In Search of the Perfect Gluten Free Scone

I love drinking hot tea. I favor herbal teas, such as lemon balm or rose hops, or Scottish blends containing heather or thistle. When I visited Scotland for the first time in 2014, I came home with a delightful new tradition…afternoon tea.

The typical Scottish or English tea includes finger sandwiches, tiny cakes, shortbread cookies and a scone. Those foods are no longer a part of my diet. And while I enjoy having tea with fresh fruit or veggies, or just a plain cup of tea, I would love to be able to include scones again.

The search for the perfect gluten free scone was on!

The problem is, I require a recipe that is not only gluten free, but also dairy, egg and sugar free as well. Such a scone has been difficult to find! A couple of weeks ago I tried a gluten free scone mix. These weren’t bad! They looked more like flat sugar cookies, without being sweet at all. I ate them with a side of fruit. But they weren’t exactly what I was searching for.

Tonight, encouraged by my recent successes with what I have dubbed “intuitive cooking”, I decided to try making healthy scones from scratch.

This batch was created using 2 cups of gluten free flour, 1 teaspoon baking soda, 1 teaspoon sea salt, 1/2 teaspoon pure vanilla, 1 tablespoon raw organic honey and for leavening, I mixed together 1 tablespoon of potato starch and 3 tablespoons of cold water. I mixed the ingredients, and then added unsweetened almond coconut milk, a tablespoon at a time, until a dough formed that would hold its shape. I ended up adding 7 tablespoons of almond coconut milk.

I turned the dough ball out onto a floured surface, using more gluten free flour, and gently shaped it into a sphere. The sphere of dough was cut into eight pieces and transferred to a pizza pan lined with parchment paper. I brushed the tops of the scones with a mixture of unsweetened almond coconut milk and raw organic honey and baked for 20 minutes at 350 degrees.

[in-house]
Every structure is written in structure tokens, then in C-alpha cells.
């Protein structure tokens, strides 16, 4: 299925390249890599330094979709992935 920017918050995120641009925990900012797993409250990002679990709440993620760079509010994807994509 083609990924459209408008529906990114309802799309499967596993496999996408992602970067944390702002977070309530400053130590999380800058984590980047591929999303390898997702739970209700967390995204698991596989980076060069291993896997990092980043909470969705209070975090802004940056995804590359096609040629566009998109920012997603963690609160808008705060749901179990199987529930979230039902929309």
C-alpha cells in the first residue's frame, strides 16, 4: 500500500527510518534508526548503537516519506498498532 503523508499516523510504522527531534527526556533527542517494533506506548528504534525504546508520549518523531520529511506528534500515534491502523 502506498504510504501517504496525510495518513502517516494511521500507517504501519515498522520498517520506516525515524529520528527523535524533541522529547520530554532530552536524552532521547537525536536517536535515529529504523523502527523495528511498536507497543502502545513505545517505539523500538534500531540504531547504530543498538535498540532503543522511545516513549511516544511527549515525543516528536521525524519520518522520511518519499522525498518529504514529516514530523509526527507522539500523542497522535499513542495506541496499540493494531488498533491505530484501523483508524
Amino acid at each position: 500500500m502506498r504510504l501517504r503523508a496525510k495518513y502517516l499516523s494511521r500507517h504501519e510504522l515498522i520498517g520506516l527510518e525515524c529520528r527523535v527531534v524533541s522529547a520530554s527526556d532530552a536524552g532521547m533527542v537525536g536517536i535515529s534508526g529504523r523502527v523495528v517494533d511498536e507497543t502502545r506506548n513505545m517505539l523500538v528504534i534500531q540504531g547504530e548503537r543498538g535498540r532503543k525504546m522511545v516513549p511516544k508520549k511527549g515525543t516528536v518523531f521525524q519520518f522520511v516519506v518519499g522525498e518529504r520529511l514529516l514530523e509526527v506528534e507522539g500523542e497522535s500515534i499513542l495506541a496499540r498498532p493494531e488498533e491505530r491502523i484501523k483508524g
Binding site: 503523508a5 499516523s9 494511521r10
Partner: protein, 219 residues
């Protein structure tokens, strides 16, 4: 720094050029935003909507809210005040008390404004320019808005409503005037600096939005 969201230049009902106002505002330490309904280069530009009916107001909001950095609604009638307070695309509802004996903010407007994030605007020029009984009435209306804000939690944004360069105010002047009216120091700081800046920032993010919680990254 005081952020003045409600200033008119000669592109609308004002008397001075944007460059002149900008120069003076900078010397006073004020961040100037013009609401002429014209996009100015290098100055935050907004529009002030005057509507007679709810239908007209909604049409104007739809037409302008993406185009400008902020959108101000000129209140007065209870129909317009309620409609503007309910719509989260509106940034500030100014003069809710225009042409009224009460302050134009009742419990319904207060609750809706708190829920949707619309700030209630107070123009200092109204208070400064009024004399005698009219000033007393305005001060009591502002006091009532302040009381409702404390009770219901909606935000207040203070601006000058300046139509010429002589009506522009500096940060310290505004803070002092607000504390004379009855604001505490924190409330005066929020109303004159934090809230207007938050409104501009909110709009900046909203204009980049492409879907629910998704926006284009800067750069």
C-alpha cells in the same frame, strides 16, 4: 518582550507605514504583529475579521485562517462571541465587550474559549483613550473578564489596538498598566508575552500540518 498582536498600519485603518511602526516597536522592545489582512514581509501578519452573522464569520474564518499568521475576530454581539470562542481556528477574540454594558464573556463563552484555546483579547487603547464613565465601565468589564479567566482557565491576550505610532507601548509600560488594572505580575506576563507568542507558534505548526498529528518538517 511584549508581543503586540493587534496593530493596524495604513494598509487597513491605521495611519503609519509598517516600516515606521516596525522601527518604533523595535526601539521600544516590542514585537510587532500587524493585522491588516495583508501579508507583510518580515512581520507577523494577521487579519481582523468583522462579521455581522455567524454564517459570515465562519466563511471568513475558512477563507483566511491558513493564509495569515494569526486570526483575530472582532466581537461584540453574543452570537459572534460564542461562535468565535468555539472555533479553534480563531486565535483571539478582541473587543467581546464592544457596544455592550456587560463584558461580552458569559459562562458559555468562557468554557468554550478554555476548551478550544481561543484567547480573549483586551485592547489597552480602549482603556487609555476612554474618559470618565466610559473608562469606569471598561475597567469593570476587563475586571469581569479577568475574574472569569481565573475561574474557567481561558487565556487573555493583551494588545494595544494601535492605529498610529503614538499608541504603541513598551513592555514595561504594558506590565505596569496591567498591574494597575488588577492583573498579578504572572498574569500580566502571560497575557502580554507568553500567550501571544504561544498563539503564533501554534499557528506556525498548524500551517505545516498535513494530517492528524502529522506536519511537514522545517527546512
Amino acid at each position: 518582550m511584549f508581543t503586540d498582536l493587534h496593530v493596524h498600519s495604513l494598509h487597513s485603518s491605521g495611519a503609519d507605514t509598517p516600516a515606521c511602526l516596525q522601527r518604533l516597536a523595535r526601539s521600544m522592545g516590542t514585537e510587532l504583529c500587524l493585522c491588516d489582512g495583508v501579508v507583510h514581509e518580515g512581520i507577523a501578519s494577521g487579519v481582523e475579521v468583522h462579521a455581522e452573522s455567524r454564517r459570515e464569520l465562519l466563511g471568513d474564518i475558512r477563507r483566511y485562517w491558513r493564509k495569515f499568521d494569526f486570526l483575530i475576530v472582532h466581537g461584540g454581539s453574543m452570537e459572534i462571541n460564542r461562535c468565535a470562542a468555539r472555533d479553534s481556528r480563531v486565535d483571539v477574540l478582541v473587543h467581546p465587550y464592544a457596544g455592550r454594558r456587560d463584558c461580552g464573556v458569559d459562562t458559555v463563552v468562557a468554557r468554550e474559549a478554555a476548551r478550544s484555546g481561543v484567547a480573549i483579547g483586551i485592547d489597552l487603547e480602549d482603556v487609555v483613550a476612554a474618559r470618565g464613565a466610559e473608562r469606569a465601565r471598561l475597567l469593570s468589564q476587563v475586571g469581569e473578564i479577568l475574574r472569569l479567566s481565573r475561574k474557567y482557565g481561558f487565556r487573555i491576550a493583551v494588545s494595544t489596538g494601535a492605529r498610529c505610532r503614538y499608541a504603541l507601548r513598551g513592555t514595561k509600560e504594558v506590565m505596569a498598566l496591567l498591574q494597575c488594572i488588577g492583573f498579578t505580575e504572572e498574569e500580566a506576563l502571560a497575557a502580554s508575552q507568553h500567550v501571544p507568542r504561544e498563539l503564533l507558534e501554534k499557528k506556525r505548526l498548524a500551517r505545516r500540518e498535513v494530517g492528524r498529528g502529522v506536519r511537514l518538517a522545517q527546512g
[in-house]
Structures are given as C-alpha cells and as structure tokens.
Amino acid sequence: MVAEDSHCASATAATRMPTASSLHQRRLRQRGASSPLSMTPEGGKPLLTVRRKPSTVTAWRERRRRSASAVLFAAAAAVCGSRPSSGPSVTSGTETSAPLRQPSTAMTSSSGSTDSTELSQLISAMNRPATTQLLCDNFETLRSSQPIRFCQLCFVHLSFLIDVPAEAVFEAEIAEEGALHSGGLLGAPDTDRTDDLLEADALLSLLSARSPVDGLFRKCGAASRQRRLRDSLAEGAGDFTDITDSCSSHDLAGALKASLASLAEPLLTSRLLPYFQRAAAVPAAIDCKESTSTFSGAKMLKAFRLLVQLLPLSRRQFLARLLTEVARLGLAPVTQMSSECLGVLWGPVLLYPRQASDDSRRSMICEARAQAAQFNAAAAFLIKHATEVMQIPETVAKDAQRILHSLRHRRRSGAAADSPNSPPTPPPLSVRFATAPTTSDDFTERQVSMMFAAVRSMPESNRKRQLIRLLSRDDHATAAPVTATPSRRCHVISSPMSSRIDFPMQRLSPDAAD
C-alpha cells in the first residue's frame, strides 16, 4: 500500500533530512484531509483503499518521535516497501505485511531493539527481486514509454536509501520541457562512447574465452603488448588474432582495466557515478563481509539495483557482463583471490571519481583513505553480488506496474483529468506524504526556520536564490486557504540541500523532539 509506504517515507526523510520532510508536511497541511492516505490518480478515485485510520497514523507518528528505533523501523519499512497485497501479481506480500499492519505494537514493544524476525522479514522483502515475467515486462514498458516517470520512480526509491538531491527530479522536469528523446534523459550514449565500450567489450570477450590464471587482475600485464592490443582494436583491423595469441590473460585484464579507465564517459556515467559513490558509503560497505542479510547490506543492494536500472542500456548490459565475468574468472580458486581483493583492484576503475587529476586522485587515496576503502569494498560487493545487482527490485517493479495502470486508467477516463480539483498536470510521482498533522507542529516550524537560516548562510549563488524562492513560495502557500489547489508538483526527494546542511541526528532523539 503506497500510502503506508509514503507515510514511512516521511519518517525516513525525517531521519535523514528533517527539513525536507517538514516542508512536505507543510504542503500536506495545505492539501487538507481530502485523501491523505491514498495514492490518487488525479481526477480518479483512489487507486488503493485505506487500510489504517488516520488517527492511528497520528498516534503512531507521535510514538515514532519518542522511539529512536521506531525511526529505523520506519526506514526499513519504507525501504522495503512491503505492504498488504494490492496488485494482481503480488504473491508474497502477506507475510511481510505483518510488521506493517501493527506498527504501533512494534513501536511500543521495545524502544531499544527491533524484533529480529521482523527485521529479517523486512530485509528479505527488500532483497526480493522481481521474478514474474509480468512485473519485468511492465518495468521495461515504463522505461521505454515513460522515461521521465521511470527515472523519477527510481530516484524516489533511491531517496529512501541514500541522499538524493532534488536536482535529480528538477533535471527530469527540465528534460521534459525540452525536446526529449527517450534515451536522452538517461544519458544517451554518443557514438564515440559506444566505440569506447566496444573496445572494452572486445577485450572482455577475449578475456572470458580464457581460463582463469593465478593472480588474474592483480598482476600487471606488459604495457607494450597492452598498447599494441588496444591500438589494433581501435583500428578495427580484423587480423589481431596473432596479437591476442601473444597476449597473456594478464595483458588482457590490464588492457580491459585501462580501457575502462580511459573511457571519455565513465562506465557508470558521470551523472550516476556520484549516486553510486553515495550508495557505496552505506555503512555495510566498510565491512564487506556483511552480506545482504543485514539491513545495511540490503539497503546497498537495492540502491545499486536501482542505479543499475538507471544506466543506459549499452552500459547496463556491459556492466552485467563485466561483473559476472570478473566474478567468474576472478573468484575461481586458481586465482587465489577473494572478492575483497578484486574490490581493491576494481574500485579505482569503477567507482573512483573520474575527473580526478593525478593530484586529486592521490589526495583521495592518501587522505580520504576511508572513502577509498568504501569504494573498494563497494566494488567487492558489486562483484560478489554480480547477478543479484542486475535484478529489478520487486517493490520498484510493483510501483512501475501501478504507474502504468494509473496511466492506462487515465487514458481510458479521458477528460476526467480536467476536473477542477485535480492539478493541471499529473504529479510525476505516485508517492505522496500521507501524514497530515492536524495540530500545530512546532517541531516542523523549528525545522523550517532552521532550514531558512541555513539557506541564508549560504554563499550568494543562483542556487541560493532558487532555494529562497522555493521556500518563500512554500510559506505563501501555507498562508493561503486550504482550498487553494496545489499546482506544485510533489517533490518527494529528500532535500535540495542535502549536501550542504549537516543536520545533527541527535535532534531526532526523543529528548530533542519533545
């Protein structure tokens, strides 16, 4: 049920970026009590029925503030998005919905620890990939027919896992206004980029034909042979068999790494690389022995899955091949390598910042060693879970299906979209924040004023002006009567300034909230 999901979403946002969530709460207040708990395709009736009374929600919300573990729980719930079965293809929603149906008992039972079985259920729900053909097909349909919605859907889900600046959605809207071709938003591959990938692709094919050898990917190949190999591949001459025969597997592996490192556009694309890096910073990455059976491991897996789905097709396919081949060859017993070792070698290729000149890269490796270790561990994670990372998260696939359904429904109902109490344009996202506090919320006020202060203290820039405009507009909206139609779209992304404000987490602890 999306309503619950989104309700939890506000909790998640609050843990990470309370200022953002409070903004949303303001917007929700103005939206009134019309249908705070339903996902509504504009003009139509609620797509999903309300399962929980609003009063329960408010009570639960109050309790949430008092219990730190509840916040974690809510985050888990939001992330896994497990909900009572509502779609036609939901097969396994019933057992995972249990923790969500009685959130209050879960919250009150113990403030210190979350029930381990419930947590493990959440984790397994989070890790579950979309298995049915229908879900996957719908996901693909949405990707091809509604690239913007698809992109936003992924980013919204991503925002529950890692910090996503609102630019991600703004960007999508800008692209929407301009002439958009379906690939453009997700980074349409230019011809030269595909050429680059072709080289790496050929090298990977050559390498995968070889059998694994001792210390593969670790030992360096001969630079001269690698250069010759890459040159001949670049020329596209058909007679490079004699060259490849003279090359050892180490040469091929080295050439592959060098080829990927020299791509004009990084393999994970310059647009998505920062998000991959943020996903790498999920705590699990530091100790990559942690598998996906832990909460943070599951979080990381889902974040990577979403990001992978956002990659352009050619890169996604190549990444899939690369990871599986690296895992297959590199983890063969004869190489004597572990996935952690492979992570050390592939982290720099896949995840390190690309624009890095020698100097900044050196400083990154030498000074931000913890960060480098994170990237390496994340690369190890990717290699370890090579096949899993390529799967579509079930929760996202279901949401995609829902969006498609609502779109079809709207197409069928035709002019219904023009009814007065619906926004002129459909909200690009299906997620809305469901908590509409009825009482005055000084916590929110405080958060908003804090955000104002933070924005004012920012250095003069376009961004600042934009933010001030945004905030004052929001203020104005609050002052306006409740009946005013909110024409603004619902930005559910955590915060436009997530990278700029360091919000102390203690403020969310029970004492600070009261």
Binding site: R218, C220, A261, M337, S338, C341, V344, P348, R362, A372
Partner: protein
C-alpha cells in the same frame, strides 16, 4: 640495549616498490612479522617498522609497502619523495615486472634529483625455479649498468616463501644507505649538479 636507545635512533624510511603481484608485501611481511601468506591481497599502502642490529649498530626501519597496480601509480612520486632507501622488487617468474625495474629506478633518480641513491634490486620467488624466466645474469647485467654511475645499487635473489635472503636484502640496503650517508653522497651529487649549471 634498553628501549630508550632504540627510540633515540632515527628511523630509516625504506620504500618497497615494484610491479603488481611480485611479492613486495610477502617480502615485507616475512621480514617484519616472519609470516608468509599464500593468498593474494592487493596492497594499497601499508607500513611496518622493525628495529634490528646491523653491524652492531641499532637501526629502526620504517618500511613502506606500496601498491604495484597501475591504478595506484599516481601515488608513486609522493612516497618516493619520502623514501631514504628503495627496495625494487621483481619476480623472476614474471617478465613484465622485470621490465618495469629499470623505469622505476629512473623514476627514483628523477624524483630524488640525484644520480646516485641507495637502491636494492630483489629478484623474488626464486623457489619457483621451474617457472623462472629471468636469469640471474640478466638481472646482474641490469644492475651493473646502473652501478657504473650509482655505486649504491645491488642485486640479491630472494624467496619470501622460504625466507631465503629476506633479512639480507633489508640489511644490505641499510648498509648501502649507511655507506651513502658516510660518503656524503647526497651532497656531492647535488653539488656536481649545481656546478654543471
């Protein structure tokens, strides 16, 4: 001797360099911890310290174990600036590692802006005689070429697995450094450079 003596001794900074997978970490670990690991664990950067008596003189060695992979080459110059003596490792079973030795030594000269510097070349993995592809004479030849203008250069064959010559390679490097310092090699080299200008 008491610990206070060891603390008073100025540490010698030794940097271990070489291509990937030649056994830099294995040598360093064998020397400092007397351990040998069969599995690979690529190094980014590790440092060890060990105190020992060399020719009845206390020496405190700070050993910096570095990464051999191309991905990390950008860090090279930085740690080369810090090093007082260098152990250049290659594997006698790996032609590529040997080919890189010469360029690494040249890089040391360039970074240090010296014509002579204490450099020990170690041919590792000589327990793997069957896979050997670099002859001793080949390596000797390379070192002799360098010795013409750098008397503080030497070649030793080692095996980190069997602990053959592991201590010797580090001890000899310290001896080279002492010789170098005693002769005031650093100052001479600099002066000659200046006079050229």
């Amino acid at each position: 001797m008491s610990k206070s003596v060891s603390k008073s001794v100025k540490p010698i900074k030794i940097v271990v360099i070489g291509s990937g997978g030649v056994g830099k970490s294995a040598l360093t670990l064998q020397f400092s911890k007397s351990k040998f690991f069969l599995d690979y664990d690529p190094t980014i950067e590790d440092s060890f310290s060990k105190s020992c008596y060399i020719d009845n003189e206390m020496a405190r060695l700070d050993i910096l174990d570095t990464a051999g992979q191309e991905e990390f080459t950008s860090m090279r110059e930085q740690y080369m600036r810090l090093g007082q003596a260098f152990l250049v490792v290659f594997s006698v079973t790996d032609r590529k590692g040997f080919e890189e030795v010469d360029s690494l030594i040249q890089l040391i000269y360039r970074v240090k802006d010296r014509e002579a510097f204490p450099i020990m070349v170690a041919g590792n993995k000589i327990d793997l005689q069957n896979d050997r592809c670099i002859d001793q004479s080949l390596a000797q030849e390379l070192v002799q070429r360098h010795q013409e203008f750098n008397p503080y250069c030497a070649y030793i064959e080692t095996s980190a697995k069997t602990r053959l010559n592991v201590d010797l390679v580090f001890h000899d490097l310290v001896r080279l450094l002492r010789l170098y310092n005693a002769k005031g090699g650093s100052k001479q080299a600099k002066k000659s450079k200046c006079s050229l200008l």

The scones looked good! They smelled good. The taste was closer to what I am searching for. However, to quote a U2 song…“I still haven’t found what I’m looking for”. The texture wasn’t light enough. Rather, these scones were dense and chewy.

So, back to the kitchen I will go soon, for attempt number three. I am not discouraged. Every experiment in cooking teaches me something new, something important. I take notes about the process and ingredients I use so I can make adjustments. I believe I need a good leavening agent, something other than eggs.

I will do more research and try again. For evening tea, I had tasty, chewy scones! Nothing is wasted here…not food and not time. I create, I learn, I create again. I’ll let you know when I come up with that elusive gluten, dairy, egg, sugar free scone!

Day 243: Afternoon Tea Party

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What fun, for today’s first. Seven members of my family joined me for afternoon tea, which in my book, constitutes a party! Due to the heat and humidity this afternoon, rather than meet in the garden, I took the party to my mom’s house, where she and my stepdad, my sister Debbie, my niece Ashley, her husband Jon, and their two sons, Ethan and Kaleb, gathered around the dining room table for a formal high tea.

This is what afternoon tea is all about, taking time out of the day to gather, visit, take refreshment and sip tea. The three year old, Kaleb, met me as I came into the house, showing me a treat his mom had bought him at the store. “For the tea party,” he said. The children pulled up chairs and joined us. They didn’t have the hot tea but they enjoyed the rest of the refreshments.

For this tea, and sharing it for the first time with members of my family, I wanted the experience to be as authentic as I could make it, based on my afternoon teas in Scotland. I got to set up and use the three tier server that I purchased yesterday. The scones went on the middle tier, and strawberry jam and butter were nearby to accompany this treat. My mom helped me make finger sandwiches….thinly sliced ham or turkey with Swiss cheese and cream cheese, cucumber and fresh tomato. These occupied the lower tier at the base of the stand. On the top tier my niece Ashley arranged Walker’s shortbread cookies, brownie bites with cream cheese and raspberry preserves and red velvet mini cupcakes.